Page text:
When I was seventeen

I travelled to Europe, to study and to work, before going to Teachers’ Training College. I flew to Brussels on a Sabena Airlines plane, with just £50, all the currency you were allowed to take abroad in those days.

While I was there I  first heard of ‘Benelux’, which consisted of  Belgium, Holland and Luxembourg. This felt like something special, and I loved the sound of it. To me it was the sound of freedom, of the chance to travel and see new places, meet new people. The  Benelux countries were part of the core group of European countries that had signed up to the treaty of Rome some years before.  They were part of what was to become the Common Market and this was my first encounter with it. There was a referendum in the 1970’s and, as I was over twenty one by then, I had the vote and I voted ‘IN’. United Europe grew and more countries joined. It became the EEC (European Economic Community) and then the EU.

All that time, ever since I first went to Belgium and discovered they already had duvets, two languages, and ate chips with mayonnaise, ever since then, I have considered myself a European.

I still am.

At the end of that year in Belgium I travelled by train through what was then West Germany and through the restricted corridor of East Germany to meet my father in Berlin. I have never forgotten that experience or how frightening borders and border guards can be.  In 1964 Germany was a divided country; a country divided by a wall, and had been for almost three years. I stood with my father on the Unter Den Linden, the great boulevard leading up to the Brandenburg gate. We went as close as we dared to the wall. It was a ghastly sight: miles of concrete and barbed wire stretching in both directions and every few yards a watch tower with armed guards watching us, two innocent tourists, as we stood below. I asked my father if he thought it would ever be knocked down. He was a great lover of Europe, having worked for a Dutch company for most of his life. It was with great sadness, I remember, that he said that he didn’t think the Berlin Wall would ever come down, either in his lifetime or in mine. Twenty years after he died he was proved wrong. The wall came down, pulled down, sometimes with their bare hands, by people who did not want to live with borders and divisions any more. Germany reunited and became the powerhouse of Europe that it is today.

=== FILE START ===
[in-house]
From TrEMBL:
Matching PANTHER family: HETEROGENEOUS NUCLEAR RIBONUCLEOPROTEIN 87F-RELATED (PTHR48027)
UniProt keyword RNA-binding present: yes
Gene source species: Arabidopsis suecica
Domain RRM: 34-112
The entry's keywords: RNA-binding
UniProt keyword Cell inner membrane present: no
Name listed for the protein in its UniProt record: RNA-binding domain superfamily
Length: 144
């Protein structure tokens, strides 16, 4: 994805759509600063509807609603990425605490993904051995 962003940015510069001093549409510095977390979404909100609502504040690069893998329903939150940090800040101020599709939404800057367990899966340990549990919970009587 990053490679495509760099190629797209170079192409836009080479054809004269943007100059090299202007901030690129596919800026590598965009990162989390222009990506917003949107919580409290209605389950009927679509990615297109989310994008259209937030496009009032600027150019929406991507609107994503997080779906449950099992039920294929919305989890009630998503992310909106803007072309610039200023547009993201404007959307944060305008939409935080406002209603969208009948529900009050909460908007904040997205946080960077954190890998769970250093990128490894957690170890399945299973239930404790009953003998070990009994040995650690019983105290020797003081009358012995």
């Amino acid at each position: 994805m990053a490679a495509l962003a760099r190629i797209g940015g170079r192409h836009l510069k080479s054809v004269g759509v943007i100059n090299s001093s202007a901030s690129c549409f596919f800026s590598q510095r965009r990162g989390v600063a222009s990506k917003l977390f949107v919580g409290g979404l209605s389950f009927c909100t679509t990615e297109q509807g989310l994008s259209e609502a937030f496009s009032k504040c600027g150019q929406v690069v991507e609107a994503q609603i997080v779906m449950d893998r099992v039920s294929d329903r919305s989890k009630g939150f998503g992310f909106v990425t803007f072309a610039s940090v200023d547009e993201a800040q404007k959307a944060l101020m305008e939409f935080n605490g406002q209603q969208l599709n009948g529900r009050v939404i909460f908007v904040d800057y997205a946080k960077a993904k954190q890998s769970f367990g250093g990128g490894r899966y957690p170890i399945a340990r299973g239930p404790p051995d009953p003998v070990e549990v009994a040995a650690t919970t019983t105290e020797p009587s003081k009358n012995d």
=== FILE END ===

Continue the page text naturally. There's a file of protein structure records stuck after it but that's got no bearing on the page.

For me this story is a story of hope. Now we live in a country deeply divided and in what seems like political chaos. It is also a frightening place where we could see borders and barbed wired grow up between us and our friends in Europe. Yesterday Angela Merkel described us as ‘leaving the family’ and that is what it feels like to me.

In the midst of all this and of my sadness and shock at what’s happened, I am trying to hold on to the idea that there is no way we can know the future and that it is human will alone in these matters that directs what happens. We need to find the people to lead us who will understand that we are still part of the great continent next to us and who will lead us with truthfulness, imagination and integrity into a new relationship where we belong, and forward to a resolution and healing of our differences here at home.

Till next time





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